And so it was that on November 13th, 1977 the cameras began turning on Dawn Of The Dead, a film that would have almost as great an impact on the genre as the original. “It was obvious a sequel had to be made,” said Argento at the time. “You see, George left the ending of Night open. Although the main characters themselves didn’t make it, human society still appeared to be in control, the sheriff was out there cleaning things up. The ending of this one will leave you feeling not really sure at all that society is operative any longer. I eventually want to do a third, entitled Zombies In The White House….’ (of course we now know that this never happened, but we DID get Bill Clinton).
Dawn of the Dead begins where the first movie left off, with the country in the throes of a ghastly epidemic that sees the dead returning to life as flesh-eating ‘ghouls’, the only way to stop them being to shoot ‘em in the head. A group of survivors hole up in a vast shopping precinct where, as in the first movie, they fight themselves as well as the flesh-munching zombies. Here the tone is even more ferocious, as we can see from an intensely bloody sequence near the beginning where a SWAT team storm a sleazy tenement, kicking down doors to blast the living and the dead indiscriminately.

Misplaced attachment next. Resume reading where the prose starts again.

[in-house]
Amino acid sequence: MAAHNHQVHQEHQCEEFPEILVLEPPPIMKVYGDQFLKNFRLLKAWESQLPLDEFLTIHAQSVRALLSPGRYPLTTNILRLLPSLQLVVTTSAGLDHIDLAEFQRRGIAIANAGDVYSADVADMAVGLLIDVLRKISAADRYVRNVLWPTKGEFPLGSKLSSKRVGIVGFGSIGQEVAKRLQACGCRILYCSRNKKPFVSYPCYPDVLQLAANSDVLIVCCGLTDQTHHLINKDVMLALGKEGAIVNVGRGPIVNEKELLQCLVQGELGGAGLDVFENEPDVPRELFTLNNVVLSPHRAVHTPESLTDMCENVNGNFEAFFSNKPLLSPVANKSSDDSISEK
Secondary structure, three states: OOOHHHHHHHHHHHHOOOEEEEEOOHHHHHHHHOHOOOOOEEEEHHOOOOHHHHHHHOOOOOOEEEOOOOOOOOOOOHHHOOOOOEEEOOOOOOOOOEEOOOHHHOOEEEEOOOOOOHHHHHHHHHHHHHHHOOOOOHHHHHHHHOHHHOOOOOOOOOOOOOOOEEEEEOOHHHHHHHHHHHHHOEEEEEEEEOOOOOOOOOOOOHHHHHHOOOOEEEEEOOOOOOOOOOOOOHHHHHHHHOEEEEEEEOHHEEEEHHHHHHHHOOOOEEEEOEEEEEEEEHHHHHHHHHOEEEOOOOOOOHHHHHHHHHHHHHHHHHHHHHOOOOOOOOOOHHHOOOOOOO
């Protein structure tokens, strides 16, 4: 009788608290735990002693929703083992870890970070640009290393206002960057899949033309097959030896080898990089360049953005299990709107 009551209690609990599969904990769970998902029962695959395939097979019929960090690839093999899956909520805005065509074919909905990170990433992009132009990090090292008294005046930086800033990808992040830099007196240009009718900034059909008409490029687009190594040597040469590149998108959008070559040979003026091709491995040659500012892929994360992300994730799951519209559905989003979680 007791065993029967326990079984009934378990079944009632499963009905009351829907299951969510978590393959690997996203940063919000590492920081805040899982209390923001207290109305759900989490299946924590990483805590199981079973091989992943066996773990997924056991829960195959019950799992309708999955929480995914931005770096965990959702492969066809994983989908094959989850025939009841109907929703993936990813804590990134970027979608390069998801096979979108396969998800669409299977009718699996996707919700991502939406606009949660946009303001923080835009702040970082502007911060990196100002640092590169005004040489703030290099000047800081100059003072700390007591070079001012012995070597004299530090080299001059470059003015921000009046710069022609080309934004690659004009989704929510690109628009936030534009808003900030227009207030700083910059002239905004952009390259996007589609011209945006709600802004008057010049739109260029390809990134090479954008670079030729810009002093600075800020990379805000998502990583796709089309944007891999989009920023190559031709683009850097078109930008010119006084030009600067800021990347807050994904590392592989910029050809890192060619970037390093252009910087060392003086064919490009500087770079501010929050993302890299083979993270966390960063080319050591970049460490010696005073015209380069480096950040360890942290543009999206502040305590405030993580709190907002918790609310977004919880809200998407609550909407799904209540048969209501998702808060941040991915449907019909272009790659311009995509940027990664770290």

When the first victim’s head turns into flying tomato puree after being hit at close range by a shotgun blast we know immediately that this movie is not going to show any mercy. Its most valuable asset is the make-up expertise of Tom Savini (who also appears in the film as a vicious biker), which provides an endless display of eye-popping gore effects. Taken as a guts and gore opus it’s hard to beat, but what makes it so memorable, are its disturbing allegorical overtones: the zombies can be taken to represent American society as a whole, greedy, selfish, anxious to consume everything in sight.